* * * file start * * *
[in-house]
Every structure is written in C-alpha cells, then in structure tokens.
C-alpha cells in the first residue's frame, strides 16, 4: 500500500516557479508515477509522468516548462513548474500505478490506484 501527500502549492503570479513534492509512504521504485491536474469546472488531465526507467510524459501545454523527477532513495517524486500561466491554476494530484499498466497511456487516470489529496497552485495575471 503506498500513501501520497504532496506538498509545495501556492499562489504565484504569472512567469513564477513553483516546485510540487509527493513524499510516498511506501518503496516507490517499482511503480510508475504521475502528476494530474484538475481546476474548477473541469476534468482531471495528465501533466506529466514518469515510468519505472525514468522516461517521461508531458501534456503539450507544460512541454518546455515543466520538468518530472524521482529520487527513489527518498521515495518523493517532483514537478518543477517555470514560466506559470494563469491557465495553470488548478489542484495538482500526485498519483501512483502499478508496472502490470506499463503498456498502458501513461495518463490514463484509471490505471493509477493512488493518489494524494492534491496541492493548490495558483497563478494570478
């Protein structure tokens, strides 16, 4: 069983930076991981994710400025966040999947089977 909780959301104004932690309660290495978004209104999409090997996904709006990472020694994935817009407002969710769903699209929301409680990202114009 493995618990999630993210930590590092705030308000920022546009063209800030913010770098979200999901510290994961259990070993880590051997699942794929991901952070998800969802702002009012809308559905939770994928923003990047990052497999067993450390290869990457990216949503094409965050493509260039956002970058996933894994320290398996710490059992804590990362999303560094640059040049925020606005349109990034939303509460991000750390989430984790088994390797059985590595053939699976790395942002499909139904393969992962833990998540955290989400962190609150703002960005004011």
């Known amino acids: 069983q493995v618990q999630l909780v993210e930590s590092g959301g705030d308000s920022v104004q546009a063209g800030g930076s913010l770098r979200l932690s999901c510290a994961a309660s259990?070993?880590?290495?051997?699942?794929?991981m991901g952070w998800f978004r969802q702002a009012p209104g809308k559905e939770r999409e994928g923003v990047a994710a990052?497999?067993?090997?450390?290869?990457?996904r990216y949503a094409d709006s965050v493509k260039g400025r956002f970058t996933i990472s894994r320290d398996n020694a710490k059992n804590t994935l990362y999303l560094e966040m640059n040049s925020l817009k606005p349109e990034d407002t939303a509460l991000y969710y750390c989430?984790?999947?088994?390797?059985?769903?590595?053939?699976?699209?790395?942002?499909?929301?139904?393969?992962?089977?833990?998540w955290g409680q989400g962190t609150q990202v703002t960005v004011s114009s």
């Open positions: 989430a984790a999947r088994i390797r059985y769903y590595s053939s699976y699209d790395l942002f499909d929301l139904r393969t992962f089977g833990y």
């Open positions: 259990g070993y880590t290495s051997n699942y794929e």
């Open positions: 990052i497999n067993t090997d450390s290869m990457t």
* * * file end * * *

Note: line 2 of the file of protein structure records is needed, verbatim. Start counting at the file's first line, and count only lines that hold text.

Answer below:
Every structure is written in C-alpha cells, then in structure tokens.